And then, wouldn't you know it, I am myself exhausted by the effort to make this look good, make this look enjoyable and attractive and worth it.

It is all those things, and more. So much more. But I'm so tired. And sometimes I just don't have it in me to pretend otherwise, even when I know people are watching.

Monday, March 2, 2015

What's so wrong with trashy books (or movies)?

Our weekend was filled with runny noses, pink eyes (I die. The second worst of childhood ailments, dethroned only by vomit), and lots and lots of reading.

The kids and I and even daddy all had books in piles around the house, freshly liberated from the library down the street and competing with Netflix for our winter-bound attention.

I must confess I spent the better part of Saturday reading a book I probably should not have finished...and I'm going to tell you why.

But first, a little background. Last week I asked my lovely readers who follow along on Facebook for some literary recommendations. And boy did I get some. You guys are so awesome, you flooded my newsfeed with more than 100 titles.

One evening later that week, after bedtime, I snuggled down with my laptop and my library account and went on a little hold binge, filling my e-cart with close to 50 titles. It was addictive, like shopping without money. Well, maybe like shopping with taxpayer money...but less of a sting than Amazon, for sure. (50 titles was a bit enthusiastic though, I will admit. Especially since 20 of them popped up in my email the next day as "ready for pickup." Oops.)

I trudged through the snow with one small boy in tow and we retrieved about a dozen titles, probably more than I could read in 2 weeks, but hey, a girl can dream. 

Sure enough, the powers of illness and weekend frigidity combined and was stayed inside reading plenty. Enough for me to finish one entire novel and crack into another one, only to be discarded and replaced by a 3rd option.

Here's where things get weird though. You see, the first book I read, while engaging, was ... questionable in terms of content. It was little things here and there at first, offhand references to casual sex. Details about make out sessions. Backstories involving (thankfully) derailed trips to the abortion clinic. And things kind of escalated from there.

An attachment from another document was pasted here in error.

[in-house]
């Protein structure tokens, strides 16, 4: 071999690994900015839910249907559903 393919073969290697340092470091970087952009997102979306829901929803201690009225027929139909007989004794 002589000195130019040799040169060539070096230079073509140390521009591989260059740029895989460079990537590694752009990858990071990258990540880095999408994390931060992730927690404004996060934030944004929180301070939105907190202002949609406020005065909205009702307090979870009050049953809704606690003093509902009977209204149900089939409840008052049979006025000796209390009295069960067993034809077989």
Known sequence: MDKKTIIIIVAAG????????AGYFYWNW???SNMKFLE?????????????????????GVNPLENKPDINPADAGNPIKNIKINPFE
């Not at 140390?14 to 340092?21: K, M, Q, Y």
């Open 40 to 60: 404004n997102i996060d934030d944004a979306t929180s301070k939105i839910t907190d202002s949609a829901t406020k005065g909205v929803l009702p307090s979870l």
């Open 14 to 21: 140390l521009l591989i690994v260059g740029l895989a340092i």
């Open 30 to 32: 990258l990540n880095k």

The problem was though, I was so engaged in the story line and the characters by the time things got really steamy (read: super trashy) it was hard to shut the book and walk away. So I didn't. I read the whole dang thing and pretty much enjoyed it but definitely squirmed through increasingly larger sections of it. 

And afterwards, I felt acutely that I had betrayed an essential part of myself: my conscience.

For someone who can write confidently about skipping 50 Shades of S&M and has no problem flipping over the top copy of Cosmo in the checkout line, when it came to a book that was already in hand and being enjoyed, I had a more difficult time stepping away, even though I was fully aware that it was bad for me.

And no, I don't think that I committed any mortal sin by finishing a smutty novel, because I was skimming through the squirmy parts and was definitely repelled by - not attracted to - the sins being committed on the pages. But still. I didn't look away.

And I should have. I should have shut the book and played with my kids. Or picked up another title and tried again. Or, hell, painted my toenails or jumped on the elliptical or taken a nice long bath. There are plenty of things a tired mom can do with her limited leisure time that don't involve torrid affairs and steamy sex scenes in the back of cars.

Because here's the thing: every time I expose myself to the glamorization and normalization of evil - be it promiscuous teens losing their virginity, extramarital affairs, premarital sex, period - I lose a little bit of my natural (and supernatural) sensitivity to these sins.

It matters little that I will probably never personally commit them, (and I'm more than aware that there but for the grace of God go I); but when I am granting them entrance into my imagination - and my heart, because it dwells there, too - then I am throwing open an opportunity to grow not in virtue, but in vice. To do one thing with my "real" life, but to play by different standards inside the equally-real world of the mind.

And why invite those imaginary characters to come and live inside of me, occupying space in my brain and my heart where I'm desperately trying to cultivate virtue to impart to my kids, and to overcome the smallness and the very real fallenness of my own interior world?

We all struggle with sin, and thanks to the grace of God, we all have access to the grace to overcome them. Again. And again.

But that is by no means a license to roll around in the mud in our minds, rationalizing away the imaginary teflon divider between body and mind, spirit and flesh.

What we put into our bodies - our minds, our selves - matters. It matters because it becomes a part of us, just as much as the food we eat and the water we drink. It is incorporated into us in a permanent way. And as much as I have the authority over what will become irrevocably a part of me, it is my duty to exhort quality control over the raw material.

That's why it's not okay to go see a porno movie, even if it's mass-produced and wildly popular.